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Smart Ways to Live Your Faith at Work

Smart Ways to Live Your Faith at Work

4 action items for loving God with your whole mind
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Most of what I really needed to know about operating a business I learned working at my family's orchard and fruit stand starting around age five.

But over time I've seen that having a place like Harvard on your resume can change the way people treat you, and not always in positive ways.

Later in life, I also earned a degree from Harvard Business School. My time at Harvard was hard and wonderful, and I'm so grateful for it. But over time I've seen that having a place like Harvard on your resume can change the way people treat you, and not always in positive ways.

In professional settings, Harvard tends to open doors. Clients and coworkers who learn about my degree offer me a little more respect; they consult me more, listen more closely when I speak, and are generally less likely to interrupt me. This may or may not be fair, but it's true.

At church on Sundays, that same degree tends to have the opposite effect. When people at church happen to hear about my connection to Harvard, they generally react pretty predictably: "Oh wow! You must be smart." Usually this is followed by something to distinguish themselves apart from that "smart" label: "Not me! I only went to a state school." And just like that, we're "us" and "them." It doesn't always happen this way of course, but it does happen quite a bit.

These disparate reactions are telling and somewhat troubling to me. On one hand, I see a work environment that worships intellect to an unhealthy degree. On the other, I see a Christian culture that is increasingly willing to create a polite distance from intellectual pursuits.

Something needs to change. It's terribly important that we bridge this gap and show the world that you can be smart, educated, reasonable, and have a vibrant Christian faith. Here are four ways you can begin.

1. Embrace your intelligence

You can start by embracing your own knowledge. We live in a world that overvalues beauty and undervalues intelligence, especially for women and girls. And the church doesn't always do a great job of countering those cultural messages. Nevertheless, as Christians, we are directed to love the Lord fully, engaging not just our hearts but our minds as well (Mark 12:30).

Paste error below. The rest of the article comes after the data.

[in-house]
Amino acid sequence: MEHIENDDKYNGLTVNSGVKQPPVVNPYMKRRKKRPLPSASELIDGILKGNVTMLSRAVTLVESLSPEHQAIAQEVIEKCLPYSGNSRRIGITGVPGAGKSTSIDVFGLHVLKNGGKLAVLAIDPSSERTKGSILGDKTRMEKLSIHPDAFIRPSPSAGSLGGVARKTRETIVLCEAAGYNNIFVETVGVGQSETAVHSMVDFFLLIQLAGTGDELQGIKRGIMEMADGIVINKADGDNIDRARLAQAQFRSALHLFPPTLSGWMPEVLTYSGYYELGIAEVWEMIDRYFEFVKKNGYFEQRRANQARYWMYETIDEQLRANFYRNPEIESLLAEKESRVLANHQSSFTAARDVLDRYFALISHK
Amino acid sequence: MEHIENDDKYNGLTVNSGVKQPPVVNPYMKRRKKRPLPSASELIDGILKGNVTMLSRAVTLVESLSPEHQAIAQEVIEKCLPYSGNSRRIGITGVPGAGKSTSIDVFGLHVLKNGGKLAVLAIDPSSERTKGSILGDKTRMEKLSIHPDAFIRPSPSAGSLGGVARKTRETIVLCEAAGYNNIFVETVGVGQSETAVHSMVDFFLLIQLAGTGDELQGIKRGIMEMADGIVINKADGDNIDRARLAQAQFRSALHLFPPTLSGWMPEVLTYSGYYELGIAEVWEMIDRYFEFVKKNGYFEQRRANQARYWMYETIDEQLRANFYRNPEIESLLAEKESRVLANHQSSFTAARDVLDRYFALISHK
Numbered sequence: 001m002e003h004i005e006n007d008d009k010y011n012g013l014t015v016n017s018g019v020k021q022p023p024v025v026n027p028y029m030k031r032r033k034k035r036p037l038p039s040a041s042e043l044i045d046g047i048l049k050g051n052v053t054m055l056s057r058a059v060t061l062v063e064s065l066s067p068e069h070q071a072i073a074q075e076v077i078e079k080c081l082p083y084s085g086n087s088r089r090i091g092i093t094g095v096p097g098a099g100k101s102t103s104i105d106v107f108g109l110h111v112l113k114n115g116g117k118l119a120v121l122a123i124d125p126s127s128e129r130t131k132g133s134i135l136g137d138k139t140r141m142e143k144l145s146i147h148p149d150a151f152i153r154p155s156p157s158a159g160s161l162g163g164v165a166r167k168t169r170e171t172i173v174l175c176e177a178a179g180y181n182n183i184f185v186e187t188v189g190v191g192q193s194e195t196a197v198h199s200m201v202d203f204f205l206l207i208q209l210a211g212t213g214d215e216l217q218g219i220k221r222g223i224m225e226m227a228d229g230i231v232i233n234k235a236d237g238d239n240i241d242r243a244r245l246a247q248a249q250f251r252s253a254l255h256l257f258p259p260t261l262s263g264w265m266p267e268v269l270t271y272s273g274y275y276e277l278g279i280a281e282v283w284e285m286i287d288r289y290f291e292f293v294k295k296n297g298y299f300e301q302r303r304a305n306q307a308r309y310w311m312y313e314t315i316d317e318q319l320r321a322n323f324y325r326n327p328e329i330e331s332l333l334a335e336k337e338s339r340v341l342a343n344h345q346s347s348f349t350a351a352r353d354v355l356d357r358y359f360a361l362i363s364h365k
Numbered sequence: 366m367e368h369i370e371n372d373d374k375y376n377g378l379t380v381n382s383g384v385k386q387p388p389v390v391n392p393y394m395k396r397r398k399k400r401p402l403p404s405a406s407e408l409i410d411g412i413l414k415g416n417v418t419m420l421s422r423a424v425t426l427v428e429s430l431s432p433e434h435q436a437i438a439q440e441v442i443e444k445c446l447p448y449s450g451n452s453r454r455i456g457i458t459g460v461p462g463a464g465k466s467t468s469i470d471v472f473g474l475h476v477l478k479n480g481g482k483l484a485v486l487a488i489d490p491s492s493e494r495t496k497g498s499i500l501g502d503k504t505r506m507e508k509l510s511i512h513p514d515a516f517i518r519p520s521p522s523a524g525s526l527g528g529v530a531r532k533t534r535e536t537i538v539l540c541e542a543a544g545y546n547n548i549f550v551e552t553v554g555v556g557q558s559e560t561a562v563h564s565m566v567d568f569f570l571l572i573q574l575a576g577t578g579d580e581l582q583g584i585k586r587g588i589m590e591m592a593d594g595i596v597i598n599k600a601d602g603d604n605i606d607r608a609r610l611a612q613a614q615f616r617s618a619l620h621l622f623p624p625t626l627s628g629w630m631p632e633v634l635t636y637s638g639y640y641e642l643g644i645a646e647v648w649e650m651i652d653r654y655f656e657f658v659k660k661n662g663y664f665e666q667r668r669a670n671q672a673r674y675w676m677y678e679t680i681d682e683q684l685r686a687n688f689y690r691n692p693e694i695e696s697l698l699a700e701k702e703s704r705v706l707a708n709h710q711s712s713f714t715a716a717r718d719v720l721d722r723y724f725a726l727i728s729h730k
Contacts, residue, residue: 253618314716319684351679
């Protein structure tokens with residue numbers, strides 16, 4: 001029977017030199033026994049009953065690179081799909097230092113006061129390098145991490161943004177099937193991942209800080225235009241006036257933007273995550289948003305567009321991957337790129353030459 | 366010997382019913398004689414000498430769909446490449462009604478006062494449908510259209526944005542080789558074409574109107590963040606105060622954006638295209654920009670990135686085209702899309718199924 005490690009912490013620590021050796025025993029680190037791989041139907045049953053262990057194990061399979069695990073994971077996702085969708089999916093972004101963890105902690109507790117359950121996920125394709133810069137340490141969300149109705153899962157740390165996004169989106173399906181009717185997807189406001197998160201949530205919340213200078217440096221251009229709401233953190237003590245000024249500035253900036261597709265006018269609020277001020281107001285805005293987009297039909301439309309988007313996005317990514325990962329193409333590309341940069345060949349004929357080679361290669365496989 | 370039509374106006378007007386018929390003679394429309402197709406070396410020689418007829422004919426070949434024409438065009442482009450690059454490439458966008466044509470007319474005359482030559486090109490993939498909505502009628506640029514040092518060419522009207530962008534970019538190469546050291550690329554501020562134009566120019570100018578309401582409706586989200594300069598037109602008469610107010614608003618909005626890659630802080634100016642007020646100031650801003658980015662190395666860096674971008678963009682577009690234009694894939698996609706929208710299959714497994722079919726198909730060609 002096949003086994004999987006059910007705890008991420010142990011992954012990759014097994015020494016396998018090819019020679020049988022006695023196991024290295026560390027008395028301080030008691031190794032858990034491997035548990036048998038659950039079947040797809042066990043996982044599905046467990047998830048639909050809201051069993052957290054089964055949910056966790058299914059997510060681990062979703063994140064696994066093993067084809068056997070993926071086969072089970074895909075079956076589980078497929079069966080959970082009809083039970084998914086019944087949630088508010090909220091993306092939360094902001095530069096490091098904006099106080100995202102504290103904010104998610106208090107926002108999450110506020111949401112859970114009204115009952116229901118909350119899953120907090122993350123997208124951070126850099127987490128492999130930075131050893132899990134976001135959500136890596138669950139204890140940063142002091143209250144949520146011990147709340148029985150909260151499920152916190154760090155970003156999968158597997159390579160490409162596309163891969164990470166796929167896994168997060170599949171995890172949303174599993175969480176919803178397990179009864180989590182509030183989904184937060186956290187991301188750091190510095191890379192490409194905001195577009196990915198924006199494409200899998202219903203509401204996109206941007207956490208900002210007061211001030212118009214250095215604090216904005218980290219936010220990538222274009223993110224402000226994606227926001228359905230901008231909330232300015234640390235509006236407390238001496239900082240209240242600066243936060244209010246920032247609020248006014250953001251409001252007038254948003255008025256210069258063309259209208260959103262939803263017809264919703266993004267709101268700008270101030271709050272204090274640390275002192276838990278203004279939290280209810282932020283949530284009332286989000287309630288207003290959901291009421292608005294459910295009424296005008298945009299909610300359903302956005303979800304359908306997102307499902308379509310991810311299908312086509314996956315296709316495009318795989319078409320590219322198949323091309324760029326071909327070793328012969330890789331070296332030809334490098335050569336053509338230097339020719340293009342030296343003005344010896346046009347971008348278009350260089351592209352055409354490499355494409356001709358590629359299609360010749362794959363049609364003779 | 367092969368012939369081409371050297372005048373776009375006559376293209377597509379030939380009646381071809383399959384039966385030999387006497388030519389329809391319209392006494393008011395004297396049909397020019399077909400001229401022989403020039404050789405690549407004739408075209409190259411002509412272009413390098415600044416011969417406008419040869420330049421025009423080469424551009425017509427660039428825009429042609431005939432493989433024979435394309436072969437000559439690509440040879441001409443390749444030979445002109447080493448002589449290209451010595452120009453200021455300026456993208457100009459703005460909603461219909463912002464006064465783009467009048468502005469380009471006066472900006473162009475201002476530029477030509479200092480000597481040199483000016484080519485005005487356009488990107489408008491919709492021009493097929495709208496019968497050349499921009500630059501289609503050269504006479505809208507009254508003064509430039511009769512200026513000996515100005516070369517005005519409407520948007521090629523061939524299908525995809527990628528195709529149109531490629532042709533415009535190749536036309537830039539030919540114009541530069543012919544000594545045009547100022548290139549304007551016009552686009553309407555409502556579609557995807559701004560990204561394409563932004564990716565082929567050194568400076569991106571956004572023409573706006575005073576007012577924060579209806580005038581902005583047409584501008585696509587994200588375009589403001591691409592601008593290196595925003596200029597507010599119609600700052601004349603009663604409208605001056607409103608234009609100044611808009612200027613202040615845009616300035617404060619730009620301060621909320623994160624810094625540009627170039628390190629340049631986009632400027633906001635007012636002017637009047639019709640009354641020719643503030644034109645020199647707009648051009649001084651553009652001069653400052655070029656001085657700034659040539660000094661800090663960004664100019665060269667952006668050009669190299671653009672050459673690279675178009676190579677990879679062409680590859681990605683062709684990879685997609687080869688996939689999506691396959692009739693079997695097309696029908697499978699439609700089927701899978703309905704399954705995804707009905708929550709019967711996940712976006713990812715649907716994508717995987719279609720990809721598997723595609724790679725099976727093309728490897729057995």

A strong intellect is a gift from God—it's a spiritual gift, right up there with the gifts of faith, healing, and prophecy (1 Corinthians 12:8–10). God gave you a mind, and using your mind can be a form of worship just as much as singing praises to him.

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Diane Paddison

Diane Paddison is a business professional and founder of 4wordwomen.org, local groups of professional working women committed to faith, family, work, and each other.

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From Issue:
Today's Christian Woman, 2014, July Week 2
Posted July 9, 2014

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Sandy

August 04, 2014  3:25pm

This challenge is one many of us face.

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Betsy Gray

July 13, 2014  2:42pm

Nice to have this insight from an executive with credentials are out of reach for many, that we can take heart from our giftedness and accomplishments in total, knowing ultimately God's hand is in our future. Appreciate that you share your perspective from behind the curtain, Diane, for the women you encourage!

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Millicent Vila

July 11, 2014  1:33pm

I appreciate this article very much. Its good to know that you are not less of a Christian at work if you are not talking about God at every opportunity. Many people don't like it and they will keep a distance from you. I'm glad that I can show my Christian values in the way I act and treat people at work, through kindness, respect and responsibility.

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